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Ex-HealthSouth CEO Scrushy found not guilty

June 28, 2005

By Karen Jacobs

BIRMINGHAM, Ala. (Reuters) – A federal jury on Tuesdayfound former HealthSouth Corp. Chief Executive Richard Scrushynot guilty of orchestrating the $2.7 billion accounting fraudat the medical rehabilitation chain he founded.

Scrushy, 52, faced 36 charges whittled down from theoriginal 85-count indictment and was found not guilty on allcounts, including conspiracy, mail fraud, making falsestatements, securities and wire fraud and money laundering.

“God is good,” Scrushy said shortly after the verdict wasread.

“We went from 85 counts to zero,” he added, characterizinghis ordeal as two years of torture. “There are a lot of wrongsthat need to be made right and I look forward to seeing thathappen.”

Scrushy, a local Birmingham celebrity, was among a group ofhigh-profile U.S. corporate executives who have been tried forfinancial wrongdoing in a string of accounting scandals, and isthe first so-far to be found not guilty.

Had he been found guilty, Scrushy could have spent the restof his life in jail and been forced to forfeit millions ofdollars and personal property, including multiple homes, luxuryboats and airplanes.

U.S. Attorney Alice Martin, the lead prosecutor in thecase, said she was shocked and disappointed by the verdict.

“We thought we presented overwhelming evidence, but thejury saw it differently,” Martin said.

Jurors, speaking to reporters afterward, said there wasn’tenough hard evidence with Scrushy’s fingerprints on it.

“The fraud was there,” said a male juror. “The smoking gunwasn’t.”

Added a female juror: “There was reasonable doubt.”

After the verdict, Scrushy hugged his wife, his lawyers andBishop Jim Lowe, pastor of predominantly black Guiding LightChurch Scrushy joined after his indictment in what some criticscalled an attempt to influence the potential jury pool.

Scrushy’s case was considered to be the first importanttest of the 2002 Sarbanes-Oxley corporate reform law that setstiff penalties for executives who signed false financialstatements filed with the government.

“Just because somebody is found not guilty ofSarbanes-Oxley doesn’t mean that it loses its teeth,” Martinsaid. “It’s a good law.”

Scrushy, who never took the stand in his own defense, still faces civil charges brought by the U.S. Securities andExchange Commission in 2003. HealthSouth earlier this monthreached a settlement with the SEC under which it agreed to pay$100 million.

The Scrushy criminal case went to the jury on May 19following a trial that began on Jan. 25. But deliberationsbegan anew just last Wednesday after U.S. District Judge KaronBowdre replaced a juror suffering from recurring healthproblems with one of the alternates. The original jury hadseveral times indicated it was unable to reach a unanimousverdict only to be told by the judge to keep working.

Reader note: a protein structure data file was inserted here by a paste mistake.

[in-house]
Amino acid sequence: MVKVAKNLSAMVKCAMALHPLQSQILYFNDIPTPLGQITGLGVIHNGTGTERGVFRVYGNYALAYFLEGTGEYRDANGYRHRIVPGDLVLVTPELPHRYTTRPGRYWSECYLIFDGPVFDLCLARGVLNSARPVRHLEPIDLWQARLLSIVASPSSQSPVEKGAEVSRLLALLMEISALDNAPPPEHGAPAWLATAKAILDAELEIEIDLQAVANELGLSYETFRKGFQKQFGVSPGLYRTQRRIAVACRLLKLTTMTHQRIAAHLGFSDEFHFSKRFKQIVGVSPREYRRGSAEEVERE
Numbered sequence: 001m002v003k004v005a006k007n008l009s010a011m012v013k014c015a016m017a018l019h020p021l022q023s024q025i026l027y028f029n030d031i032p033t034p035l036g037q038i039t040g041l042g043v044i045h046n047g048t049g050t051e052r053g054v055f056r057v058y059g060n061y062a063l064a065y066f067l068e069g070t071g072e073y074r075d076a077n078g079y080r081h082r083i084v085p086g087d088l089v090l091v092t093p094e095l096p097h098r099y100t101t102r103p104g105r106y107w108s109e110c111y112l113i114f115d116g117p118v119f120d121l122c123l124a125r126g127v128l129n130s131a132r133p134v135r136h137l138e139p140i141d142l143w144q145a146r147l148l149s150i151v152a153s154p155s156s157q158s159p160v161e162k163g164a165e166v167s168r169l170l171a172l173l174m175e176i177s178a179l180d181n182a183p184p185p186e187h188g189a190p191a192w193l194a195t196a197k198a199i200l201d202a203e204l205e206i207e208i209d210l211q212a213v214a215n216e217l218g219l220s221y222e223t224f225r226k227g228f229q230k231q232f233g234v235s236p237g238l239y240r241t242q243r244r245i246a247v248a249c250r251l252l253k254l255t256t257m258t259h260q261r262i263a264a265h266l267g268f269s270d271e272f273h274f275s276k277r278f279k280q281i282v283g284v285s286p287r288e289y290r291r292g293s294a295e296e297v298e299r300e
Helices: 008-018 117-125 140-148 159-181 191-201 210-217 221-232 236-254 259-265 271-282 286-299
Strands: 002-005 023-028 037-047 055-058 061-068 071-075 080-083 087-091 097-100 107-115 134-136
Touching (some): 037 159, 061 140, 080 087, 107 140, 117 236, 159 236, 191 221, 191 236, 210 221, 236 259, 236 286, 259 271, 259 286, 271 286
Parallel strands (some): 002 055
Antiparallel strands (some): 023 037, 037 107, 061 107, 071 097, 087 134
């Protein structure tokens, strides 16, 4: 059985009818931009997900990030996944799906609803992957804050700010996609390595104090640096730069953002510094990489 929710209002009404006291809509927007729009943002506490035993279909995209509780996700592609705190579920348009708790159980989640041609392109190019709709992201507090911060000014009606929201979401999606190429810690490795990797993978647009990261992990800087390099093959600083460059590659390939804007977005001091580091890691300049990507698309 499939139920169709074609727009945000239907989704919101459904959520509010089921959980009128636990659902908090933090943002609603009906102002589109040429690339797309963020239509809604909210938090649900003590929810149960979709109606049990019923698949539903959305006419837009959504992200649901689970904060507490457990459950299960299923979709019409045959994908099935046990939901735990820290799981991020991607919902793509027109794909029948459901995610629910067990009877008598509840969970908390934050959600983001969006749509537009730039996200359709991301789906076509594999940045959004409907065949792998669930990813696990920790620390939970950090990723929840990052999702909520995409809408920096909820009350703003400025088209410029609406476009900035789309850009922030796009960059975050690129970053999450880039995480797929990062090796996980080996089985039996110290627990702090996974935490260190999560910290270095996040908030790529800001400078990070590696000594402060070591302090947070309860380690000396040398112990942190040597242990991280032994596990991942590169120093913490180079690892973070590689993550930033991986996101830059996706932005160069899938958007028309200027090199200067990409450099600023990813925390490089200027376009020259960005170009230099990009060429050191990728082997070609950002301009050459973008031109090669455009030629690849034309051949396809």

Five former HealthSouth finance chiefs, who had all pleadedguilty to taking part in the fraud, were among the governmentwitnesses who testified that their ex-boss either knew about orparticipated in a scheme to inflate HealthSouth earnings andassets from 1996 to 2002 to prop up the company’s share price.

The defense contended all along that the fraud was carriedout by Scrushy’s underlings, who lied to keep it from him.

“It appeared on the surface that the prosecution had, asfar as these cases go, sufficient evidence,” said StevenPeikin, a lawyer with Sullivan and Cromwell in New York whohelped successfully prosecute investment banker FrankQuattrone. “I can’t think of another case in which five formerCFOs gave direct testimony on the defendant’s participation inthe scheme. It’s a tough defeat for the government here.”

Forensic accountants working for the company’s newmanagement ultimately determined that the fraud resulted in a$3.9 billion net reduction in shareholder equity.

HealthSouth on Monday issued its long awaited restatementof earnings for 2000 and 2001 that showed that instead of theprofits reported for those years the company in realitysustained more than $650 million in losses.

The company, still struggling to recover from the fraud,said the jury’s verdict had no direct impact on the company.

“The new board and new management team remain appalled bythe multibillion-dollar fraud that took place under Mr.Scrushy’s management and the environment under which such fraudcould occur,” HealthSouth Chairman Bob May said in a statementon Tuesday.

“Under no circumstances will Mr. Scrushy be offered anyposition within the company by this management team or by thisboard of directors,” May added.




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